Who Does Daniel See and Hear in Daniel 10:5–9?

By | April 25, 2024

Daniel received his final vision in Daniel 10–12. As with previous visions (cf. Daniel 7:16; 8:16–17; 9:21–23), Daniel saw angels and heard them speak (e.g., Daniel 12:5). In this vision, however, there is debate among Bible-believing theologians over the identity of the messenger who told Daniel of things to come (cf. Daniel 11:2–12:3).

Some identify Daniel’s messenger as an angel. Being awesome in appearance, the angel’s arrival caused Daniel to faint (cf. Daniel 8:18; Matt 28:3–4). Being under divine authority, the angel submitted to being “sent” (Daniel 10:11).Being powerful but not omnipotent, the angel claimed to have come after fighting a demon—“the prince of kingdom of Persia withstood me twenty-one days” (Daniel 10:13; cf. 10:20). Even then, the messenger was there speaking to Daniel only because the angel “Michael, one the chief princes, came to help” him fight the demon (Daniel 10:13). As the angel Gabriel had previously come to Daniel (Daniel 8:16; 9:21), perhaps this angel was also Gabriel, maybe a chief angel alongside the archangel Michael (Daniel 10:21b), who was allowed an appearance similar to Jesus in a vision seen by John (Daniel 10:5–6, 10; Revelation 1:12–17).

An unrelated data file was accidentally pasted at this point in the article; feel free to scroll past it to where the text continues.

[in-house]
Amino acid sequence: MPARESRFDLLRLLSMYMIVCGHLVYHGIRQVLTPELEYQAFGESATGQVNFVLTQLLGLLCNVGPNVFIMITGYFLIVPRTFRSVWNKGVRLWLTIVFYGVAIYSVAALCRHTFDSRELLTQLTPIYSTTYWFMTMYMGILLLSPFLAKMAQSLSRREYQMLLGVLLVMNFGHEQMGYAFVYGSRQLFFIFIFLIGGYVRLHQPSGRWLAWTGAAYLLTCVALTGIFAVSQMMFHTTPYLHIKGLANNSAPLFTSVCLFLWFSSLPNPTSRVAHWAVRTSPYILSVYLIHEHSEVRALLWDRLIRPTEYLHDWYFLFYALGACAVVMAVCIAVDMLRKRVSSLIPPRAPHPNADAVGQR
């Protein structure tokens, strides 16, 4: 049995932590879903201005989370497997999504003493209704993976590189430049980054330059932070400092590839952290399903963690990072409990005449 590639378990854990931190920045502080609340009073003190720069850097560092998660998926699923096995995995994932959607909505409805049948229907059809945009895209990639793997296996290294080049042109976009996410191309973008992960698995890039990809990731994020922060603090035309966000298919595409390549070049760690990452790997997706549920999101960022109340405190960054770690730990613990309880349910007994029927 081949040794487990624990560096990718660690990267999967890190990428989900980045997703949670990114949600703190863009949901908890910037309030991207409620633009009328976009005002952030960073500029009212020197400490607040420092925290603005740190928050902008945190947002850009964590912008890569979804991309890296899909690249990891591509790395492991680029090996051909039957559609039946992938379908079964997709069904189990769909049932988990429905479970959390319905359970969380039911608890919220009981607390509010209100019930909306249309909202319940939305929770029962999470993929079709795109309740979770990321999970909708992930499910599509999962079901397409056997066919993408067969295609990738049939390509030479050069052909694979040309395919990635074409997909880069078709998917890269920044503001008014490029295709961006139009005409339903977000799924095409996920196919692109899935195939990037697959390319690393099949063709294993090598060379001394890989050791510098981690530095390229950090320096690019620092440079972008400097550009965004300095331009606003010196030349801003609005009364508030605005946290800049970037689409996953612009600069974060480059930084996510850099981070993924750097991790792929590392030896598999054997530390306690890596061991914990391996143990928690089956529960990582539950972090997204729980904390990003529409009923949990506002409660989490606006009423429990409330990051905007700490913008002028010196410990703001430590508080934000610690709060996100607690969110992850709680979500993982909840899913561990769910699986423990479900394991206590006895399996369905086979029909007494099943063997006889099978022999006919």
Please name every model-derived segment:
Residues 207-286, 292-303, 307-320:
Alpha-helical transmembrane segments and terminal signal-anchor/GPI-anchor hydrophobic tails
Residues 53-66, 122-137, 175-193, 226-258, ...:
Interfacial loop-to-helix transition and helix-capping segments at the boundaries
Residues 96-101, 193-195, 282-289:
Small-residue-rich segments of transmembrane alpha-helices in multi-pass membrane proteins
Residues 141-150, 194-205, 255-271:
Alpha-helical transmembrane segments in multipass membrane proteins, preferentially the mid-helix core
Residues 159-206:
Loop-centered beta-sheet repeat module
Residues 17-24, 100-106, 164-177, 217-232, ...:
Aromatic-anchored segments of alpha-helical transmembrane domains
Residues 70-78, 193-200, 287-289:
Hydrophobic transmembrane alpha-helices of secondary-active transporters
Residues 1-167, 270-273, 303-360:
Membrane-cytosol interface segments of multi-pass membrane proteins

Others identify this messenger as the Son of God.The similarities in appearance and actions between Daniel 10:5–9 and Revelation 1:12–17 (as well as Ezekiel 1:26–28 and Acts 9:4a, 7; 22:9) could identify this messenger as the Son of God. He was sent by the Father (Daniel 10:13), sovereignly withheld His omnipotent power as He fought a weaker being (Daniel 10:13, 20; cf. Gen 32:22–32), and enlisted Michael’s help just as He employs angels for other tasks (Jude 9).

Others identify two different figures, the first being the Son of God in Daniel 10:5–9 and then an angel as the messenger in Daniel 10:10 and following. I personally believe this option is best by combining the reasons listed above. There are undeniable parallels between Daniel 10:5–9 and other passages that clearly identify the Son of God (Ezekiel 1:26–28; Acts 9:4a, 7; 22:9; Revelation 1:12–17). In the progress of revelation, perhaps the New Testament passages provide a commentary to identify whom Daniel saw. Once Daniel faints, the Son of God apparently leaves after Daniel 10:9 so as not to overwhelm Daniel again. Then, in Daniel 10:10, an angel sent by God (most likely Gabriel; cf. Daniel 8:16–18; 9:21–23) arrives after receiving Michael’s help to fight a demon (Daniel 10:11, 13, 20). He extends his hand to strengthen Daniel who then hears a prophecy of things to come (cf. Daniel 11:2–12:3).

Image from p. 961 of The Art Bible: Comprising the Old and New Testaments (London: George Newnes, Ltd., 1896).

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